The Voynich Manuscript is so called because it was brought to light by a nineteenth-century Lithuanian scholar Wilfred Voynich who described it in detail. Its date is disputed, and suggestions range from the late thirteenth to late sixteenth century. It contains botanical, astrological, and scientific drawings—pictures of flowers and tubes of water fJled with naked women—but its outstanding feature is the writing no one can decipher. The “letters” have been assigned Roman characters to ease the process of interpretation, but it is not known whether they spell out a natural language, an invented one, or a code that represents the sounds of individual letters in a word. The “sentences” obey certain laws, but many of them are strings of repeated phrases. There have been many examinations in print and on the Internet, but perhaps the most comprehensive one is that by Mary d’mperio, The Voynich Manuscript: An Elegant Enigma (Laguna HiUs, CA: Aegean Park Press, 1978). Gerry Kennedy and Rob Churchill’s recent study. The Voynich Manuscript: The Unsolved Riddles of an Extraordinary Book Which Has Defied Interpretation fior Centuries (London: Orion Books, 2004), summarizes and reflects upon the most prominent theories, even comparing it to Hildegard’s Lingua, along with her illuminations. There are some weaknesses in this comparison, obviously, but the text is one of the most mysterious ciphers—or invented languages—known to us.Google Scholar
  14. 16.
    Aryeh Kaplan, Sefier Yetzirah: The Book ofi Creation in Theory and Practice (York Beach, ME: Red Wheel/Weiser, 1997), p. 23.Google Scholar
  15. 17.
    Ibid., p. xi.Google Scholar
  16. 19.
    John Dee, Claves Angelicae, Sloane MS 3189; reproduced in Donald C. Laycock, The Complete Enochian Dictionary: A Dictionary ofi the Angelic Language as Revealed to Dr. John Dee and Edward Kelley, ed. trans. (York Beach, ME: Samuel Weiser, 1978, 1994), pp. 247–267.Google Scholar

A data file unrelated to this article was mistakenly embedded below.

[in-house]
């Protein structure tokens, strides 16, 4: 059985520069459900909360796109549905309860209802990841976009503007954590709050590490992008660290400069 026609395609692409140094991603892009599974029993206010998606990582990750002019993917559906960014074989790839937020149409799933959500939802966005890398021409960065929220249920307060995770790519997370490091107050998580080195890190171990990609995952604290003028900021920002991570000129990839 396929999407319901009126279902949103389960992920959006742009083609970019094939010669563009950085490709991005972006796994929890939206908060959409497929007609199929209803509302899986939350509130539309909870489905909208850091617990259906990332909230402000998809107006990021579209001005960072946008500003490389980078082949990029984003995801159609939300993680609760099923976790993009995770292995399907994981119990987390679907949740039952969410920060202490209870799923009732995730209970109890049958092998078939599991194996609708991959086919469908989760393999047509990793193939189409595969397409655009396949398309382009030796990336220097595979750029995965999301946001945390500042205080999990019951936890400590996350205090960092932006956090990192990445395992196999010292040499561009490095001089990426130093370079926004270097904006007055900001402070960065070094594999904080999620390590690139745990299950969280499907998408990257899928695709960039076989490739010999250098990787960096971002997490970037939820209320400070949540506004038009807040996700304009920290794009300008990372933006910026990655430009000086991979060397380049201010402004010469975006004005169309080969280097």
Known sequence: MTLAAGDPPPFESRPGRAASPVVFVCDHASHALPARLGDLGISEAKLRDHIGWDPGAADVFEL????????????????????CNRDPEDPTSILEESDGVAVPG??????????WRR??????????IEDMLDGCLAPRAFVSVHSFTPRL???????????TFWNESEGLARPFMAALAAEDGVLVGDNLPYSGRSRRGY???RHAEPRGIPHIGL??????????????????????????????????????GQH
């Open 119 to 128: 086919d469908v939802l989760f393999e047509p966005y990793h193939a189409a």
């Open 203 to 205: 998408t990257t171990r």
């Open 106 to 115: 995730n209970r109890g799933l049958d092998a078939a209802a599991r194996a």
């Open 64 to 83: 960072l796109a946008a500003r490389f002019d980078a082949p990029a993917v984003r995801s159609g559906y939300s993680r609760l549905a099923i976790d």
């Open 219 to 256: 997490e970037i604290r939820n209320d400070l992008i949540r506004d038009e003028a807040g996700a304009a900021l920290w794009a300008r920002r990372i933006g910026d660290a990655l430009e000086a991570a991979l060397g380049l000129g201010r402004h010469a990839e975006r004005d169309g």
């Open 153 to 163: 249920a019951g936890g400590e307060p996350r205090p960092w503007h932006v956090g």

17. 20.
    Richard Deacon, John Dee: Scientist, Geographer, Astrologer, and Secret Agent to Elizabeth I (London: Frederick MuUer, 1968), pp. 150–151.Google Scholar
  18. 22.
    Geoflrey James, The Enochian Evocation ofiDr.John Dee (Gilette, New Jersey: Heptangle Books, 1984), p. xxi.Google Scholar
  19. 29.
    No longer convinced that the original language of Adam could be discovered, the precursors to the creators of Volapiik, Esperanto, Novial, and other contemporary International Auxilliary Languages decided to return speech to a refurbished pre-Babelian state, purged of its arbitrary nature, and words made to reflect their positions within a great taxonomy of signification. This movement, best reflected by John Wilkins’ Essay Towards A Real Character and Philosophical Language (1668), is well-covered by various scholars, especially by Umberto Eco (The Search for the Perfect Language, trans. James Fentriss [Oxford, UK and Cambridge, MA: Blackwell, 1997]). I have no room to discuss its vast dimensions, especially since this study focuses on personal languages.Google Scholar
  20. 30.
    See Michael Keevak’s recent study: The Pretended Asian: George Psalmanazar’s Eighteenth-Century Formosan Hoax (Detroit: Wayne State University Press, 2004), pp. 1–16.Google Scholar
  21. 31.
    See John Matthew Gutch, Caraboo: A Narrative of a Singular Imposition, Practiced upon the Benevolence of a Lady Residing in the Vicinity of the City of Bristol, By a Young Woman of the Name of Mary Willcocks, alias Baker, alias Bakerstendht, alias Caraboo, Princess ofjavasu (London: Baldwin, Cradock and Joy, 1817). See also Debbie Lee, “The Governor and the Princess,” chapter four of her book Romantic Liars: Obscure Women Who Became Imposters and Challenged an Empire (New York: Palgrave-MacmiUan, 2006), pp. 139—200.Google Scholar
  22. 36.
    Thomas Reisner, “Tongue with a Tang: Survey of an 18th-Century Pseudo-Language, “Langues et linguistiques 19 (1993): 192; qtd Keevak, The Pretended Asian, p. 74. [187–203].Google Scholar
  23. 41.
    See Karma Lochrie’s chapter entitled “Tongues Wagging,” which observes the connection between women’s dangerous gossip and the exposure of privacy (Covert Operations: The Medieval Uses of Secrecy [Philadelphia: University of Pennsylvania Press, 1999], pp. 56–92). Medieval clerical misogyny made much of woman’s damaging speech.Google Scholar
  24. 42.
    Théodore Floumoy, From India to the Planet Mars: A Case of Multiple Personality with Imaginary Languages, ed. Sonu Shamdasani (Princeton: Princeton University Press, 1994), based on Daniel B. Vemiilye, ed. trans. (New York: Harper and Brothers, 1900). My source is the original French, with introduction and commentary by Marina Yaguello and Mireille Cifíli (Des Indes a la planète Mars [Pans: Seuü, 1983]).Google Scholar

Copyright information

© Sarah L. Higley 2007

Authors and Affiliations

  • Sarah L. Higley

There are no affiliations available

Personalised recommendations